TaylorMade reinvents movable weight with new SLDR

July 30, 2013

When you first get a look at TaylorMade's new SLDR driver (as in "slider"), you notice right away the adjustable slot mechanism on the sole. You might notice, too, that the clubhead isn't white like TaylorMade's last five drivers. You might even notice that it comes in multiple lofts, a departure from the single head, variable-loft configuration on this year's R1.

You might notice all of those things, but it's what you can't see that's the real story behind TaylorMade's latest driver innovation.

When the company introduced the r7 Quad in 2004, it launched the modern era of movable weight technology. At the time, movable weight came about by rearranging four weighted screws on the sole of a driver to change the location of the center of gravity and thus influence or even correct consistent misses to the left or right. More weight toward the heel meant shots could have more of a draw tendency (or less of a slice tendency), while more weight toward the toe would give shots more of a fade bias or less hook. The company that invented the modern era of movable weight in drivers almost a decade ago believes they've now found a better idea.

Just unveiled to the public on the company website through *an extensive online tutorial* and already generating buzz and success on tour (Brandt Snedeker used it during his winning week at the RBC Canadian Open), SLDR will be in stores in less than two weeks. It features a 20-gram mechanism in a slot in the sole that can accommodate 21 possible center of gravity (CG) locations across a spectrum from draw to fade. Combined with its 12-position rotating hosel, the SLDR can be adjusted to 252 unique configurations.

The distinct sliding track design not only is more user-intuitive (with clear labels of "DRAW" and "FADE"), it's also better technology, says Tom Olsavsky, TaylorMade's senior director of product creation.

"We're not only moving more weight, but we're moving it a greater distance, and that's having a greater effect on how much we can move the center of gravity," he said, indicating the CG on SLDR moves as much as six millimeters or 50 percent more than on the R1. "One millimeter sounds very small but it makes a pretty big difference."


"A forward and low CG is the holy grail for creating maximum ball velocity and optimizing launch conditions," says TaylorMade's chief technical officer Benoit Vincent, pointing to how a low and forward CG creates a larger area of the face that will produce higher launch angles and lower spin. Higher launch with lower spin leads to a longer carry on tee shots combined with the potential for a more aggressive and shallower landing angle that can lead to more roll.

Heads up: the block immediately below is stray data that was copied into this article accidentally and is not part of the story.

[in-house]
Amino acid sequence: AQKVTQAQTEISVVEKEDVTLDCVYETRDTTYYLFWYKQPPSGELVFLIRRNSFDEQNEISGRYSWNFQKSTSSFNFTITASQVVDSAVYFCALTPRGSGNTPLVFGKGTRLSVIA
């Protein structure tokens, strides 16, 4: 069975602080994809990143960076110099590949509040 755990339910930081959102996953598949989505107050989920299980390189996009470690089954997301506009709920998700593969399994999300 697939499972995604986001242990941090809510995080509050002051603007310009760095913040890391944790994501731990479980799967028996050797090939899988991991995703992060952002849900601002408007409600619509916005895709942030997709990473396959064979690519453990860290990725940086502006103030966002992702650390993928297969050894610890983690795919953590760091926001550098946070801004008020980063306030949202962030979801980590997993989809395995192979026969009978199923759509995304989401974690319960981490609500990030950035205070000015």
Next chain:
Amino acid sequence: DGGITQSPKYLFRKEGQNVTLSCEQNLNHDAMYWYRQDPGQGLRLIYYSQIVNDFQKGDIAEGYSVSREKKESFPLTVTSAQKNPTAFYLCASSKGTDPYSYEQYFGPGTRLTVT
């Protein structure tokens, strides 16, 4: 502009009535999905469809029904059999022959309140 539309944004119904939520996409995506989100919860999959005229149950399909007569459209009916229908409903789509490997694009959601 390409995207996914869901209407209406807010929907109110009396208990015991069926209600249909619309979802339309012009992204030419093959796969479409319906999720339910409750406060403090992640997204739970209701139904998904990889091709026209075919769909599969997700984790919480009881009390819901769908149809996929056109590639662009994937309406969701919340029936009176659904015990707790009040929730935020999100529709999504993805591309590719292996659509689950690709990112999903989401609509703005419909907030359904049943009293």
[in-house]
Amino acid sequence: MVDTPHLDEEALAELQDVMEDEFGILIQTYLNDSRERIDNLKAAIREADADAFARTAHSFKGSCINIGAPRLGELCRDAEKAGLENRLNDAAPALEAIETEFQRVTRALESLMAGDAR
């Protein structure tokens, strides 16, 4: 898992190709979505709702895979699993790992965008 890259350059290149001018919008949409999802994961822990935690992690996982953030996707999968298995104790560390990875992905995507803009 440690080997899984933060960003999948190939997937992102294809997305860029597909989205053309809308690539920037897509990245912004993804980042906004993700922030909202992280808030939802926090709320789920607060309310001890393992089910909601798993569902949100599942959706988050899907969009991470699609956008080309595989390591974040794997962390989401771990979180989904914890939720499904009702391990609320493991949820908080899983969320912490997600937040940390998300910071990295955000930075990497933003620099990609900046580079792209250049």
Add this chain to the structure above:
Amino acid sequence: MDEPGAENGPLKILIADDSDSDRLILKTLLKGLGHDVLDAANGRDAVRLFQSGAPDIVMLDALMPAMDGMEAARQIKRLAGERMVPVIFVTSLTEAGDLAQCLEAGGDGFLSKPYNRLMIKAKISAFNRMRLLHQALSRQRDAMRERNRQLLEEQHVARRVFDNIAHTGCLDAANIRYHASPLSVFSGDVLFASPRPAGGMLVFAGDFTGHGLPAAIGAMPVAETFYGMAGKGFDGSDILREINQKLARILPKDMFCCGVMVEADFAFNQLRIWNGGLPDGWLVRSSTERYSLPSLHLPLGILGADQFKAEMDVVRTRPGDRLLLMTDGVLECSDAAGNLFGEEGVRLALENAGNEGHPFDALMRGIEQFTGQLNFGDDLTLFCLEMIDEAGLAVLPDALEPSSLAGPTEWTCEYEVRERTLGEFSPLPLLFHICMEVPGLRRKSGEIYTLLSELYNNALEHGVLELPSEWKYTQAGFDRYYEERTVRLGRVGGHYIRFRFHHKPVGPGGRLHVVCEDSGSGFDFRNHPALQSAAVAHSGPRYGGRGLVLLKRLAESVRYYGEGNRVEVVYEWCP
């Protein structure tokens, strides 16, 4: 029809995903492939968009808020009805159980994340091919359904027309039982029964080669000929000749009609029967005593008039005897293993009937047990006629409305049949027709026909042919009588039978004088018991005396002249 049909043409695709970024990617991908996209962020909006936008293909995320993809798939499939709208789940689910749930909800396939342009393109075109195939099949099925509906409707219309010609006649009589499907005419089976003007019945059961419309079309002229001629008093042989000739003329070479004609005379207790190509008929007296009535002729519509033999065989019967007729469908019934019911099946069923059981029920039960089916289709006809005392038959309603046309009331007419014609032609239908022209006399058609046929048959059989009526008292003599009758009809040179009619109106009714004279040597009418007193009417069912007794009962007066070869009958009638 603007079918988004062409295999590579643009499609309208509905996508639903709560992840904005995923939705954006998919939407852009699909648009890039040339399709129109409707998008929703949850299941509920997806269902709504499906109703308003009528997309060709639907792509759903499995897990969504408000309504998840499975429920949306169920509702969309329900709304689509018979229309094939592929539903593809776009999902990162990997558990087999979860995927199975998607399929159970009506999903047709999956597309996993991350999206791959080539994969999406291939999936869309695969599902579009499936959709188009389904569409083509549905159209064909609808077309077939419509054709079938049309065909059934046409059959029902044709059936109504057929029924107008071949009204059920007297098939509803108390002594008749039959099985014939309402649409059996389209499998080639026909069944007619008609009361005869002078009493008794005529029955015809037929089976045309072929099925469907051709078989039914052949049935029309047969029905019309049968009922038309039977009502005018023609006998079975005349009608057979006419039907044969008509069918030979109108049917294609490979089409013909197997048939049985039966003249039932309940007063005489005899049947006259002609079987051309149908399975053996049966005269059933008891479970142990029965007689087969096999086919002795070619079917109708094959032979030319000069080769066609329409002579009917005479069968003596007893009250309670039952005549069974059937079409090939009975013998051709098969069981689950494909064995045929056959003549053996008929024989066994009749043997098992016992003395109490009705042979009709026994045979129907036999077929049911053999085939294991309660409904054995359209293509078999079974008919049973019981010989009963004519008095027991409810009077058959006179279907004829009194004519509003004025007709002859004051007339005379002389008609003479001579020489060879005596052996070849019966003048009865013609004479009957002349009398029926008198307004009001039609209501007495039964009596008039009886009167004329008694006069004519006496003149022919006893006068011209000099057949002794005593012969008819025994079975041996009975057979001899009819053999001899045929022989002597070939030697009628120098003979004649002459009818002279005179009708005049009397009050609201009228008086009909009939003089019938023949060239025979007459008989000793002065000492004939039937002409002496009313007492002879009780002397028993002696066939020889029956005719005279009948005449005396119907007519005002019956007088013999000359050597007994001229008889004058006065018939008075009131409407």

Vincent makes the point that trying to position the CG farther away from the face often ends up with the CG relatively higher with respect to the center of the face, not lower, which can lead to higher spinning tee shots that do not produce efficient launch conditions. Vincent says this idea should work for all players because a low, forward CG makes it easier for higher-lofted drivers to launch shots with less spin.

TaylorMade believes the new club could become the No. 1-played driver as early as this week's WGC-Bridgestone Invitational, and already 14 players have put the club in their bags.

The SLDR will be available in four lofts (8, 9.5, 10.5 and 12 degrees) and each loft is adjustable by a range of plus/minus 1.5 degrees. The range of lofts better allows players who prefer higher lofts without a closed face angle or lower lofts without a more open face angle to settle on a preferred loft and face angle combination. The club is due in stores Aug. 9 ($400) and will feature a sub-60-gram Fujikura Speeder 57 as the stock shaft. A TP version also will be available, featuring the Fujikura Tour Spec 6.3 shaft.